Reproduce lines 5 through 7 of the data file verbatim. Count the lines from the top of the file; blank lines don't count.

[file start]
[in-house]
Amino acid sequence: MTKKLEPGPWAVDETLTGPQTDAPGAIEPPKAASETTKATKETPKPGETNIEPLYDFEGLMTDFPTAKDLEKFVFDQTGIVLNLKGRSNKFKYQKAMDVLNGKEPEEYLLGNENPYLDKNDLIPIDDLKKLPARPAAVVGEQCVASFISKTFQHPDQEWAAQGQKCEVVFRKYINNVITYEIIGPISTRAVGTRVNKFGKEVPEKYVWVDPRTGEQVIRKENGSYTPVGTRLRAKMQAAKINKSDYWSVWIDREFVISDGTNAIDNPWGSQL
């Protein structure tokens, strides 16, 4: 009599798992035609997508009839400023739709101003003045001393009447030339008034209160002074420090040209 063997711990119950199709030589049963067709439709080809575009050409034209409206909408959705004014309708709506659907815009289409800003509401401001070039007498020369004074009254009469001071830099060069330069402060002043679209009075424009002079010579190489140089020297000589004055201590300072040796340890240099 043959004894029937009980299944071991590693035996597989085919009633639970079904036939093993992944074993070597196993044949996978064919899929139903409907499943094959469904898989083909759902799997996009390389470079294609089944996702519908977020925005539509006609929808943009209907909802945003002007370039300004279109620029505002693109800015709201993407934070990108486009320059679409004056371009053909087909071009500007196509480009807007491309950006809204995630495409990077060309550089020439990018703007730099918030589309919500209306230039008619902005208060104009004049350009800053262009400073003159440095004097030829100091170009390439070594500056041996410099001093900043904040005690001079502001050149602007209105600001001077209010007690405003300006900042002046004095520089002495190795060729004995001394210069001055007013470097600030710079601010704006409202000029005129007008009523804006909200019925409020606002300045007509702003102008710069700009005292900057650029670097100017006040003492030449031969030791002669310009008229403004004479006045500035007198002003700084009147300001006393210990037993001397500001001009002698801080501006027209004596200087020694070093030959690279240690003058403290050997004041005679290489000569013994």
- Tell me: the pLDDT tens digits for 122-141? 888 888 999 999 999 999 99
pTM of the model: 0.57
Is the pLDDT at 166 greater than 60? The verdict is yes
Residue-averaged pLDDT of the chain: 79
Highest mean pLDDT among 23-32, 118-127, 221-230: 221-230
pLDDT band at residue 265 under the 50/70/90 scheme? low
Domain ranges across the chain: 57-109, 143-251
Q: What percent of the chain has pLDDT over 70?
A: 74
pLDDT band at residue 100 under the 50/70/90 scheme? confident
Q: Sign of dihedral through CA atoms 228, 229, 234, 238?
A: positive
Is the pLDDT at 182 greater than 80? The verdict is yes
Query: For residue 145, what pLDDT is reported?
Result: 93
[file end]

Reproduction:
pTM of the model: 0.57
Is the pLDDT at 166 greater than 60? The verdict is yes
Residue-averaged pLDDT of the chain: 79